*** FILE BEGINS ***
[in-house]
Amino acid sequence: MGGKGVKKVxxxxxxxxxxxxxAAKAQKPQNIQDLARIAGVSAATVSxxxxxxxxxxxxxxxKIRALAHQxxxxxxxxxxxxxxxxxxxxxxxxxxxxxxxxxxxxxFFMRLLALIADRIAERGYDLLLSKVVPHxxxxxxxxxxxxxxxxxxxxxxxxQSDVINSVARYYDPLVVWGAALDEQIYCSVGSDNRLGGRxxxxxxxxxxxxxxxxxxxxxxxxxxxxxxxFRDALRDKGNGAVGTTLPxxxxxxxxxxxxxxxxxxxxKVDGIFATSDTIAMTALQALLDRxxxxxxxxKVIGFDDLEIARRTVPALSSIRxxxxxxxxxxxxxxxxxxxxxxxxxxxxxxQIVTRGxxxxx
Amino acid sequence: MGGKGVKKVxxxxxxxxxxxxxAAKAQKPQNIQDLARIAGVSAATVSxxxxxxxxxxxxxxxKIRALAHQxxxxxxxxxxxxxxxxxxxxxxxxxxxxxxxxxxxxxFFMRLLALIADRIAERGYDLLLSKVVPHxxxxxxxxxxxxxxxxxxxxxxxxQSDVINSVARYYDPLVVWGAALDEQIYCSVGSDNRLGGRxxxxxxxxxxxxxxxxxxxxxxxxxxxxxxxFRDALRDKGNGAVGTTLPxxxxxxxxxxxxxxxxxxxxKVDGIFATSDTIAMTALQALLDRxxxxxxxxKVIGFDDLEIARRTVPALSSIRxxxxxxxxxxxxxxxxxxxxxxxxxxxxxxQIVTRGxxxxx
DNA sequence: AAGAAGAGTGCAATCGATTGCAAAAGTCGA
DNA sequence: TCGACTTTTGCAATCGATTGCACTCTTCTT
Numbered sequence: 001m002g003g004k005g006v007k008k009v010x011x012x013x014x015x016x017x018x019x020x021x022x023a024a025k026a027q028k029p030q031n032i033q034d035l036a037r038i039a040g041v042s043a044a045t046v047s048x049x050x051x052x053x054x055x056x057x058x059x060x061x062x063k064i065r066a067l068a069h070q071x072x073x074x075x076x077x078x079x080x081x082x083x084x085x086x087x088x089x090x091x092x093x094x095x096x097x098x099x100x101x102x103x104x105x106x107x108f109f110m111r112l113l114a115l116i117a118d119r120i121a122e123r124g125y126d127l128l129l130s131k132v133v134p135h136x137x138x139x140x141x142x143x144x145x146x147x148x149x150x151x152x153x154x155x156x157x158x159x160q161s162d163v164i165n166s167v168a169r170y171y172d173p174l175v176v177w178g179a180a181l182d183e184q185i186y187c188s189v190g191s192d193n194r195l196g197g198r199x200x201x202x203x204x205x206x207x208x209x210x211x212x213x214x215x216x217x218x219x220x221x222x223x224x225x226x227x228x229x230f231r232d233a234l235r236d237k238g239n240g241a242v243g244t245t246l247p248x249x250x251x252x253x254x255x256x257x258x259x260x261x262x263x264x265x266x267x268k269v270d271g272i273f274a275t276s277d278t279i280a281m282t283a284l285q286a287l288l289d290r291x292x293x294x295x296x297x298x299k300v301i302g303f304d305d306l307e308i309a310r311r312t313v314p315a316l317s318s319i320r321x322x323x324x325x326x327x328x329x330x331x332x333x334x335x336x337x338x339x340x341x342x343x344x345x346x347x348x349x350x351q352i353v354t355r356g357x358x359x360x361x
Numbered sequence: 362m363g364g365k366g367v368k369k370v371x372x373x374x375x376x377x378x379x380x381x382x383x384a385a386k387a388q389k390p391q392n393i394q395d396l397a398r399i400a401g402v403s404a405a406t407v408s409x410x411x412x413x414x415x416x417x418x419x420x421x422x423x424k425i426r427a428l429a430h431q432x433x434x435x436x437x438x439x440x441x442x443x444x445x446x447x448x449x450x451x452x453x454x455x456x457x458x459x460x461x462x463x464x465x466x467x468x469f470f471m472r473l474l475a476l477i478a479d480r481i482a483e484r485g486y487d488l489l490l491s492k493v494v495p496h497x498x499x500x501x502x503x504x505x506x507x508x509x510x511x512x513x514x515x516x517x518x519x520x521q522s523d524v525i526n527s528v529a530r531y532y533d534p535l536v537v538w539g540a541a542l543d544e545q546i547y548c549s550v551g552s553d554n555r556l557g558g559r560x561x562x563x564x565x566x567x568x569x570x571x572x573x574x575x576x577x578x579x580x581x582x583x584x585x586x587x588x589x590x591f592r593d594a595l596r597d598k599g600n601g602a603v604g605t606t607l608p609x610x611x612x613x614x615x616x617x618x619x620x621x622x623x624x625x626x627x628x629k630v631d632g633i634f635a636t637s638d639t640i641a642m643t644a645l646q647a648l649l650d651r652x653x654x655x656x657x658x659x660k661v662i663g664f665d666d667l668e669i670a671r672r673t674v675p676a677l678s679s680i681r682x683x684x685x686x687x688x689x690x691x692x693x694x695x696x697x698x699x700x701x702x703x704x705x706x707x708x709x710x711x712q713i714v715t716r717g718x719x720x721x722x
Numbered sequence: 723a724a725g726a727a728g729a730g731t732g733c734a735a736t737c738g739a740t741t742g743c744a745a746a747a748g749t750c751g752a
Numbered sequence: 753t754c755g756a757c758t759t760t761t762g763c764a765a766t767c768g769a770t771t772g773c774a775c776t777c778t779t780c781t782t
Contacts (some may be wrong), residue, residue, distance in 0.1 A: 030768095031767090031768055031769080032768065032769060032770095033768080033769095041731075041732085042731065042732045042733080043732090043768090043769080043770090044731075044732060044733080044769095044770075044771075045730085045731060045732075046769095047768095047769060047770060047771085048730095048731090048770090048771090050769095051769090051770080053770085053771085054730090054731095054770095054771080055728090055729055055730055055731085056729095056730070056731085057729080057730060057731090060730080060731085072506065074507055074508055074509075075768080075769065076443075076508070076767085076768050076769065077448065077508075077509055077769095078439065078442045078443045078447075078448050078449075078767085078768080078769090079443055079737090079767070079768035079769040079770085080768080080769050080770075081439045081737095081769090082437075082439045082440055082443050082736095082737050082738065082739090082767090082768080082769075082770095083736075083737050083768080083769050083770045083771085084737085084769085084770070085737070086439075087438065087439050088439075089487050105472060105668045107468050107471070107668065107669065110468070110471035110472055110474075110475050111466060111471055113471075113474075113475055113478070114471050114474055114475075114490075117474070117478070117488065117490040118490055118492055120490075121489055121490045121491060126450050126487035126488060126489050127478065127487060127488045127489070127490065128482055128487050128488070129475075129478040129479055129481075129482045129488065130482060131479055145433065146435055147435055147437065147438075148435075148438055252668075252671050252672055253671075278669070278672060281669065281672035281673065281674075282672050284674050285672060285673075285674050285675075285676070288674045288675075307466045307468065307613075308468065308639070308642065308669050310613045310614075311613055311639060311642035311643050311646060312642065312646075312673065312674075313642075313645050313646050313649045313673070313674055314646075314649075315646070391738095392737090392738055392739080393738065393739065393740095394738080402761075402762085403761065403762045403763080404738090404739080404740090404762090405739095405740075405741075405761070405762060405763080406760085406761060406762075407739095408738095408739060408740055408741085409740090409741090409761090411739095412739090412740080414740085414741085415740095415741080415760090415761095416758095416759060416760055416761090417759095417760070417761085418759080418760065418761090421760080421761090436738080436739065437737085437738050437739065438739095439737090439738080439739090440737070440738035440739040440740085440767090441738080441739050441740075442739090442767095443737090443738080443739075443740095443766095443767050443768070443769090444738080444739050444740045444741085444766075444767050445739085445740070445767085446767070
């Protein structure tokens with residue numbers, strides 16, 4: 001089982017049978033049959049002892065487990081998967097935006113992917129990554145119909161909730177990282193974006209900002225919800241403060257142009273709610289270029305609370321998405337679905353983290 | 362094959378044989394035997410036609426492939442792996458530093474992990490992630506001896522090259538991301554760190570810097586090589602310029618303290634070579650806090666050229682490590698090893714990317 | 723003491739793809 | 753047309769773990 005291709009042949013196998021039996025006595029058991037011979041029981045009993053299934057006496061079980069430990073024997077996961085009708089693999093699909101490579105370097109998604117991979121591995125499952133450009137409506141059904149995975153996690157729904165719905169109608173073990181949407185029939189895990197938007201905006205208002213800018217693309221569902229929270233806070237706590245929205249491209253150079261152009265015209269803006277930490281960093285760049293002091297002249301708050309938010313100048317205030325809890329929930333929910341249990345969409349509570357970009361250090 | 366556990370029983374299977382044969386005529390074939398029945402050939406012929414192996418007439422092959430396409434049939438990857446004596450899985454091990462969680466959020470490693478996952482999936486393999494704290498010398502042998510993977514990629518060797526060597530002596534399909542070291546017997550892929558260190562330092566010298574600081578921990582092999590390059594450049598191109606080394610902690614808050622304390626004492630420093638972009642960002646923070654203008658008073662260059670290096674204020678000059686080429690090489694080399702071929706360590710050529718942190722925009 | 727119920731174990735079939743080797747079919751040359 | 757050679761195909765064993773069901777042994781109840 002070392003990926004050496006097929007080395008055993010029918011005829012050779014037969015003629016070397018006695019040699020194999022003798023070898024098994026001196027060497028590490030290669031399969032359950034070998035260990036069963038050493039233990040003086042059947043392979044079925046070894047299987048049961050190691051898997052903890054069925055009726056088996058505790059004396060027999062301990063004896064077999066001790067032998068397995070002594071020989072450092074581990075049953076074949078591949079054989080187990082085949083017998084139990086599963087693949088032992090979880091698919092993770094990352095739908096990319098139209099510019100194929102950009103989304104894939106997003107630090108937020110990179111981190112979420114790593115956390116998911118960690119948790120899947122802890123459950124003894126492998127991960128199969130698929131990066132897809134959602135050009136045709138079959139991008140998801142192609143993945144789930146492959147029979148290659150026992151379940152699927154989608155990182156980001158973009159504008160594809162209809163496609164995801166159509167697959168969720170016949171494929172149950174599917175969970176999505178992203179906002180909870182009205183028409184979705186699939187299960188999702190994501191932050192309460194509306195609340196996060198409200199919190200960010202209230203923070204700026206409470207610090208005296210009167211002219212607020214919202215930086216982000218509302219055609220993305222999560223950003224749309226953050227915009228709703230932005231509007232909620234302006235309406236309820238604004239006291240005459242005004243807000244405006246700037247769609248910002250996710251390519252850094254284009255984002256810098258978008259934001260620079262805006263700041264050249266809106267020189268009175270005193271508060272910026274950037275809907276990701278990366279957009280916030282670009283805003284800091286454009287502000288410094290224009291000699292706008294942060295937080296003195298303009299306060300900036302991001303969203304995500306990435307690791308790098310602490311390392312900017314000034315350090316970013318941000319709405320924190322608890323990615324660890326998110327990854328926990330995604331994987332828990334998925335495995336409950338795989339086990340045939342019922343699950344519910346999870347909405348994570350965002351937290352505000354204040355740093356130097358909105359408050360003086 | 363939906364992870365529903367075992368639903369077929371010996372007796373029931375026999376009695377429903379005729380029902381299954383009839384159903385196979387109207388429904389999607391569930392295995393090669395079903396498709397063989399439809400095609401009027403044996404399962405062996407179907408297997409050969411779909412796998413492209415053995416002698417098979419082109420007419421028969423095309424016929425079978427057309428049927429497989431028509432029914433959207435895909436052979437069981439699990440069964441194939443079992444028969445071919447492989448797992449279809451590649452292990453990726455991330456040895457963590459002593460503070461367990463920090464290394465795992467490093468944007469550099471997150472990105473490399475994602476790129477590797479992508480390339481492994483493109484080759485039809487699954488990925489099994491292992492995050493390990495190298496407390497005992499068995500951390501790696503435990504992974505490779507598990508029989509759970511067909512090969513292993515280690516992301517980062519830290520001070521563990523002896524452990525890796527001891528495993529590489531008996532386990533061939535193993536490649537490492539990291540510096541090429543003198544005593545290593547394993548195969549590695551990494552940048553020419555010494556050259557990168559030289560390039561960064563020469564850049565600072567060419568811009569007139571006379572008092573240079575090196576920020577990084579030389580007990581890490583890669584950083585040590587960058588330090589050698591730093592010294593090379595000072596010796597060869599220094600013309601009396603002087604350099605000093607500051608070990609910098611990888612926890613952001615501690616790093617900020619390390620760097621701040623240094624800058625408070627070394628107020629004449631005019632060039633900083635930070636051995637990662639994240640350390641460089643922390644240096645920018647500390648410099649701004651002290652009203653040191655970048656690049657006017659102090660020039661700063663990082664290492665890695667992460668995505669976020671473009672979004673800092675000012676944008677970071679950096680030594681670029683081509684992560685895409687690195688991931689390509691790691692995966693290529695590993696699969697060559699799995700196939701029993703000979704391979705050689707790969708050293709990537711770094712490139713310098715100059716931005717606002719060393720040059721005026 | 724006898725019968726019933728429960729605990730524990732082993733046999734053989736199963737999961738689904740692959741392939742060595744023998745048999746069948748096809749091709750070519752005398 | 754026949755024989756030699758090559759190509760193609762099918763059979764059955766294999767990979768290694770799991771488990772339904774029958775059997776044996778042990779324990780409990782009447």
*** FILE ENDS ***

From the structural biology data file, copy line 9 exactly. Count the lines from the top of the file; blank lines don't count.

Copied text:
Numbered sequence: 753t754c755g756a757c758t759t760t761t762g763c764a765a766t767c768g769a770t771t772g773c774a775c776t777c778t779t780c781t782t